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Are your mortgage payments up to date?

June 6, 2011 - Steve Murch
Wow, talk about taking matters into your own hand – an Associated Press story Monday tells of a couple in Florida who decided enough was enough and they were going to get their money. And right now, apparently.

Warren and Maureen Nyerges had paid off the mortgage on their home but that didn't stop Bank of America from foreclosing on their home. The couple was still fighting a court battle to get reimbursed when they went into action.

Luck had to have been on their side, plus it might have helped that Warren is a retired police officer, because they found a judge who gave them permission to seize furniture, if necessary, from a Bank of America branch office. So they got a moving truck and sheriff's deputy and showed up ready for action. The bank wrote them a check for $5,772.88 an hour later.

"The branch manager was visibly shaken," attorney Todd Allen told the AP Monday, recalling the visit to the bank last week. "At that point I was willing to take the desk and the chair he was sitting in."

The kicker in the whole thing is the couple paid cash for the home, which had been foreclosed, in 2009. It only took Bank of America four months to send someone to knock on the Nyerges' door to give them a foreclosure notice.

They spent 18 months trying to get the problem fixed, and finally last September a judge ordered Bank of America to pay their attorney fees. Here they were nine months later and the bank hadn't paid yet.

Bank of America blamed it on its attorney at that. That law firm, and two others, is now being investigated by the state's attorney general “over allegations that they created fraudulent legal documents, gouged homeowners with inflated fees, steered business to companies they owned and filed foreclosures without proving the bank actually had legal interest in the loans,” according to the AP story.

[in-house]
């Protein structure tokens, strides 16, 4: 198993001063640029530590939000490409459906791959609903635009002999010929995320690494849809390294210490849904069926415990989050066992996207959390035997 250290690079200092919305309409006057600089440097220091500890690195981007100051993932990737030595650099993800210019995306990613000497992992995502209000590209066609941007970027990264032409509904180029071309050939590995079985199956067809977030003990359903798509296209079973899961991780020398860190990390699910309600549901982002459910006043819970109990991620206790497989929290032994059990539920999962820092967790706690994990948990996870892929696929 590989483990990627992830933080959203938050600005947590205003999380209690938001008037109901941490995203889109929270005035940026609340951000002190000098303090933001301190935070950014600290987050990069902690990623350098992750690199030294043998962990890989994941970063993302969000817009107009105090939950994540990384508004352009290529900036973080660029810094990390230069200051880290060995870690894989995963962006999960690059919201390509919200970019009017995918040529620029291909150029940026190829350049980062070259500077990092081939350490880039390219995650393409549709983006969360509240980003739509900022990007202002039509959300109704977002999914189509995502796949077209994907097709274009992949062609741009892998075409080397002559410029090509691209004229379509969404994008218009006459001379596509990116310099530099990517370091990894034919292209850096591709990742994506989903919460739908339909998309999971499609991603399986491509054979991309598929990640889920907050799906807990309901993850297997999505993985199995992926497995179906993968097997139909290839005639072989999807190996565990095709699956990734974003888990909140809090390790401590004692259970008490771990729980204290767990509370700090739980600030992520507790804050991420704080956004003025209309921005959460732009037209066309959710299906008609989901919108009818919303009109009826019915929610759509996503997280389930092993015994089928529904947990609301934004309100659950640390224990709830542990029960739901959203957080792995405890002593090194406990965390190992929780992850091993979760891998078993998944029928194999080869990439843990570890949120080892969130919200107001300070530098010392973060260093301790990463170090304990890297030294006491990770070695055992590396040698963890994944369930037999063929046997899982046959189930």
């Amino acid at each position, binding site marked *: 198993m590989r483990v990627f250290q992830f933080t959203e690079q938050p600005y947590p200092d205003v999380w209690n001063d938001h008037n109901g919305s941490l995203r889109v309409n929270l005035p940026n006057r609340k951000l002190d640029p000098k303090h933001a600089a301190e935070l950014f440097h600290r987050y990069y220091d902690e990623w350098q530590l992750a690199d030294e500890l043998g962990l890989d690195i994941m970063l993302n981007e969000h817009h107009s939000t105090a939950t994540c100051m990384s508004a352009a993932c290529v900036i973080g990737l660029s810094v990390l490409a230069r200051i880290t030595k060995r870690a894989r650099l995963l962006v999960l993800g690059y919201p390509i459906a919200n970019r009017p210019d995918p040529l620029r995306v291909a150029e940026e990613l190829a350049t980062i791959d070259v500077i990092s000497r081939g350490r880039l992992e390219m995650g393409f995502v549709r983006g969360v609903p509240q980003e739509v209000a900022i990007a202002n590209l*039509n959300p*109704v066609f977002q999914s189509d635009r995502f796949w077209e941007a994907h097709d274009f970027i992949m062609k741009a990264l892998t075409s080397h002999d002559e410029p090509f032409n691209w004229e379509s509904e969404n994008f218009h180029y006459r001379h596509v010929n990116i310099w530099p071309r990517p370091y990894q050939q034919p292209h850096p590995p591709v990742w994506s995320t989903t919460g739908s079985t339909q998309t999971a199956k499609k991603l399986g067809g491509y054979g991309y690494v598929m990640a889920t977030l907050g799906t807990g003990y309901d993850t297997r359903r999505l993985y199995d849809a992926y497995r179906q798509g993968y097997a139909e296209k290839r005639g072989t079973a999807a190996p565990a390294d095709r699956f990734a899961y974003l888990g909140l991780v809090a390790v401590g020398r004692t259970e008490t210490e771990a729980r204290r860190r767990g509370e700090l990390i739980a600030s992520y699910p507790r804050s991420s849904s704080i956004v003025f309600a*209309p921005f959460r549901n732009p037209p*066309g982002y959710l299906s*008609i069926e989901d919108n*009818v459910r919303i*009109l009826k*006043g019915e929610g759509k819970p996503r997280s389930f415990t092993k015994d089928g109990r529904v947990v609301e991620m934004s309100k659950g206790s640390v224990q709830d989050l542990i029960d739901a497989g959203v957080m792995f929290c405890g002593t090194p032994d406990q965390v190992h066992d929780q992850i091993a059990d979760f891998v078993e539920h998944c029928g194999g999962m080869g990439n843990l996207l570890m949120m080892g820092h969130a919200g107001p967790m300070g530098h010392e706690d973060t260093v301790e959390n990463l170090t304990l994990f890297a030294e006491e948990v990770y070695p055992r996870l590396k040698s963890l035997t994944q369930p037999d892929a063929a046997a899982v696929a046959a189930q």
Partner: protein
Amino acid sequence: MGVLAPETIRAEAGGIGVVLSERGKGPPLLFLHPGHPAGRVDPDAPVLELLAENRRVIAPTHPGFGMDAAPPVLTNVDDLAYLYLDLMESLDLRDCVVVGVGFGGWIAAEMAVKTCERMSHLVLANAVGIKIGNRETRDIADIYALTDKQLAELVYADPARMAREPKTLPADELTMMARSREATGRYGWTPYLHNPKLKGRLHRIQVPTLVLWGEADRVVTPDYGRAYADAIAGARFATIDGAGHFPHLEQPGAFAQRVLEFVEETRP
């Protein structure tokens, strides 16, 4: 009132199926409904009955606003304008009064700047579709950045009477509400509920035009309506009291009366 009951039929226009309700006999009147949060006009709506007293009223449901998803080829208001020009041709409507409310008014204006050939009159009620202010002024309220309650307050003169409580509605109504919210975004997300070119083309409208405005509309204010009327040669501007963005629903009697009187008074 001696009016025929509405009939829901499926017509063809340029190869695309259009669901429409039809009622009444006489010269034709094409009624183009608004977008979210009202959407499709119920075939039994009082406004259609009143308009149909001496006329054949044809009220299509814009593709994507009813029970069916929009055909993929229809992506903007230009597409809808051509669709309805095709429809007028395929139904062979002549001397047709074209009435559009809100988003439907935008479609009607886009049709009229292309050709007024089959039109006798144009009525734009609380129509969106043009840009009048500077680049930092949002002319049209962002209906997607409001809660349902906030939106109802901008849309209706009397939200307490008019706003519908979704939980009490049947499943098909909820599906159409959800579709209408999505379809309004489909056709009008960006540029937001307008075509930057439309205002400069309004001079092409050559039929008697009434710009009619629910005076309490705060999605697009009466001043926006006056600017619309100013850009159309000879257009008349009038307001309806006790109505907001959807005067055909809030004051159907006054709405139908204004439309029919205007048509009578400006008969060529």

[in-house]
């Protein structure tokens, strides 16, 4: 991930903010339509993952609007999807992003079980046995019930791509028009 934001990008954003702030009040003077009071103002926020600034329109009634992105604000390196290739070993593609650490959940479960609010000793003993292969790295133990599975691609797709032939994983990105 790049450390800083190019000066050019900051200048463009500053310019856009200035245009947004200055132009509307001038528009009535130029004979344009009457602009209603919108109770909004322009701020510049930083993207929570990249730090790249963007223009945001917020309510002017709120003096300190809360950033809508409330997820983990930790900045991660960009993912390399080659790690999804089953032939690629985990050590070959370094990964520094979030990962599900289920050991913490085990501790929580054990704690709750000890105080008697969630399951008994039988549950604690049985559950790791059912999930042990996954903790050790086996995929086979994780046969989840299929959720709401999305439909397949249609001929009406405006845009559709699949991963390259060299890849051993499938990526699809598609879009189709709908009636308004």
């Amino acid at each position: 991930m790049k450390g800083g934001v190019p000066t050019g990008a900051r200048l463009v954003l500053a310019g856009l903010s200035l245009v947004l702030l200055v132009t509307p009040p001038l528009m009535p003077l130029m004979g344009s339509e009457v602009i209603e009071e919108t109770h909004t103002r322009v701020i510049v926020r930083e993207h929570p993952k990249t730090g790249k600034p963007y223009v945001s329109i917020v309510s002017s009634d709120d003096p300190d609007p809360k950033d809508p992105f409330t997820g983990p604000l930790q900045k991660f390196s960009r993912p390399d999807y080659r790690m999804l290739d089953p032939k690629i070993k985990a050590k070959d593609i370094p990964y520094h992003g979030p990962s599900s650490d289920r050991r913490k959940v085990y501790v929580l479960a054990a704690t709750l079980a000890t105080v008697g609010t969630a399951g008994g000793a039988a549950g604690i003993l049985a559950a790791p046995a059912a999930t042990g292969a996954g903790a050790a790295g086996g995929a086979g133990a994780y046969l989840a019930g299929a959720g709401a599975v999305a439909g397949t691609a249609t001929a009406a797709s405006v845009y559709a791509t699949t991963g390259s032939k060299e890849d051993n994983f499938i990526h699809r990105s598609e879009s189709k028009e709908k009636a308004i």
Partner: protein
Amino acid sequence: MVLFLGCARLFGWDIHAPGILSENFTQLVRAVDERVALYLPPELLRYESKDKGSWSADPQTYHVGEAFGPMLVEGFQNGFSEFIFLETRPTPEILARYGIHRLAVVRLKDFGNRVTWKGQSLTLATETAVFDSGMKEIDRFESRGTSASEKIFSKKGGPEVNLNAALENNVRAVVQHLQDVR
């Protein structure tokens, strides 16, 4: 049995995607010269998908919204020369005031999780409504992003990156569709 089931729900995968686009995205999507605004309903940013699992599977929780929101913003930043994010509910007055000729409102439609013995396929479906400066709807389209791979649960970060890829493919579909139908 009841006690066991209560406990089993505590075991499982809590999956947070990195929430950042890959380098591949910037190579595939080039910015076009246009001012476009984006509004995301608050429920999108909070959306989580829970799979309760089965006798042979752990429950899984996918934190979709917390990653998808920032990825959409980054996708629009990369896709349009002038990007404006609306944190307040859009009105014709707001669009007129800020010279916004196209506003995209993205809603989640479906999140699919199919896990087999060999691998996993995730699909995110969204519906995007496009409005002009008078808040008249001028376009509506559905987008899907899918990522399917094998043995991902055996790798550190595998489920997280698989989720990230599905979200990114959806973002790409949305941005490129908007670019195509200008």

It wasn't the first time Bank of America had done this. It tried to foreclose on a house in Fort Lauderdale under similar conditions, where the man paid cash – again in 2009.

I don't know if there's a lesson there or not, but I definitely wouldn't have wanted to have paid cash for a Bank of America foreclosed home in Florida in 2009. So are banks really too big or valuable to fail?

------ Today's movie recommendation (new aspect): The Way Home. It's based on a true story about a group of men who escape from a Siberian gulag during World War II. They make their way (not all of them survive) to Tibet, where three of them then depart for India and one, the lone American, another way to get back to the States. This isn't for people with a limit attention span or who want action/blood and guts. These people deal with survival, first in the Siberian winter, then later the Mongolian desert. Be warned, it's over 2 hours long -- which seems to be the cutoff point for so many people -- but it's worth it.


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